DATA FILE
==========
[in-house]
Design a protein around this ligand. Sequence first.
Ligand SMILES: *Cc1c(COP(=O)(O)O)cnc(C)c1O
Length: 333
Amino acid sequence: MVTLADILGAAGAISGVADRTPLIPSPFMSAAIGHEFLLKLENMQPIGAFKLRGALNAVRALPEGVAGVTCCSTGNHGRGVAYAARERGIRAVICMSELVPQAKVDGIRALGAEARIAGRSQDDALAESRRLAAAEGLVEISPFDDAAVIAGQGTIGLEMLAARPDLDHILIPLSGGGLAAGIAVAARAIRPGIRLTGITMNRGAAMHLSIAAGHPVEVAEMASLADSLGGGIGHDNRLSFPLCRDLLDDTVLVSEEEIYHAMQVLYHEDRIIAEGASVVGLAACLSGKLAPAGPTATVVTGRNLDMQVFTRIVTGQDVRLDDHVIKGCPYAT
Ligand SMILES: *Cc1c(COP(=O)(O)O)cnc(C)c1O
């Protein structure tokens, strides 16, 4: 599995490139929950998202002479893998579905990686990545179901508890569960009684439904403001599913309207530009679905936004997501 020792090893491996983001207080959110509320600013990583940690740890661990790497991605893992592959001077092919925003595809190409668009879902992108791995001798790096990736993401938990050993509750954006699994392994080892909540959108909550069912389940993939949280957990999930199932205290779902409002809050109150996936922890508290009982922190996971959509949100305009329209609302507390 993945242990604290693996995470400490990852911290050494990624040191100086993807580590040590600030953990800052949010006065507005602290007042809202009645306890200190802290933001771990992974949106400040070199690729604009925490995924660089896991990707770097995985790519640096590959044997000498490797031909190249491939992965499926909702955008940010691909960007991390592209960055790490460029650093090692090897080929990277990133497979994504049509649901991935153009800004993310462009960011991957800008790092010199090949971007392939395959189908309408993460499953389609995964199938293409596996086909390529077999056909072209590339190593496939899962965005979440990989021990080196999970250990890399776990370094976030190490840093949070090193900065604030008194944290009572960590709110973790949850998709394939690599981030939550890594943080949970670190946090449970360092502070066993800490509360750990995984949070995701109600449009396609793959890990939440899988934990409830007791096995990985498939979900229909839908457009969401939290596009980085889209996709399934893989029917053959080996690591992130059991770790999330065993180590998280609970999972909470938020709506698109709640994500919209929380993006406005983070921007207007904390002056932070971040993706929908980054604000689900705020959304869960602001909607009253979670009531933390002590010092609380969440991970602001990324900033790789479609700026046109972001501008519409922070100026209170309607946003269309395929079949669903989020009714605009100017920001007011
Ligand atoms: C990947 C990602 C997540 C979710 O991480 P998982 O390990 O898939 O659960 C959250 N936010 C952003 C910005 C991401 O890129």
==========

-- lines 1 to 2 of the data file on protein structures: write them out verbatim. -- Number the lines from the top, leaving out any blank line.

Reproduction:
[in-house]
Design a protein around this ligand. Sequence first.